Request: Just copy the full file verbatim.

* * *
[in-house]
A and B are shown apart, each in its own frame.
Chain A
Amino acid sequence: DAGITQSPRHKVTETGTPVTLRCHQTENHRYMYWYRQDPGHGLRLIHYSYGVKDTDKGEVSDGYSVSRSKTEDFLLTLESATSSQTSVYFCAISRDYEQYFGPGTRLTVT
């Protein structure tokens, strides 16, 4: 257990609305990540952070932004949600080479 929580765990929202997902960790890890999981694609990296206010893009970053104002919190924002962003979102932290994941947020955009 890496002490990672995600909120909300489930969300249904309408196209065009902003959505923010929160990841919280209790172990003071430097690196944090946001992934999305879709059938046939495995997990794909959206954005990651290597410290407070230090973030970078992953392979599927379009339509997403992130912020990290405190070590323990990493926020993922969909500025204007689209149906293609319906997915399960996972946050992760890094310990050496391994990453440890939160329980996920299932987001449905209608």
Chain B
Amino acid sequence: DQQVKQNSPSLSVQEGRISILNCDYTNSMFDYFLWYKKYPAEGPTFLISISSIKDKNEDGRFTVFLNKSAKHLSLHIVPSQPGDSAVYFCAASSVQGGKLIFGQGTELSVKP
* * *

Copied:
[in-house]
A and B are shown apart, each in its own frame.
Chain A
Amino acid sequence: DAGITQSPRHKVTETGTPVTLRCHQTENHRYMYWYRQDPGHGLRLIHYSYGVKDTDKGEVSDGYSVSRSKTEDFLLTLESATSSQTSVYFCAISRDYEQYFGPGTRLTVT
């Protein structure tokens, strides 16, 4: 257990609305990540952070932004949600080479 929580765990929202997902960790890890999981694609990296206010893009970053104002919190924002962003979102932290994941947020955009 890496002490990672995600909120909300489930969300249904309408196209065009902003959505923010929160990841919280209790172990003071430097690196944090946001992934999305879709059938046939495995997990794909959206954005990651290597410290407070230090973030970078992953392979599927379009339509997403992130912020990290405190070590323990990493926020993922969909500025204007689209149906293609319906997915399960996972946050992760890094310990050496391994990453440890939160329980996920299932987001449905209608």
Chain B
Amino acid sequence: DQQVKQNSPSLSVQEGRISILNCDYTNSMFDYFLWYKKYPAEGPTFLISISSIKDKNEDGRFTVFLNKSAKHLSLHIVPSQPGDSAVYFCAASSVQGGKLIFGQGTELSVKP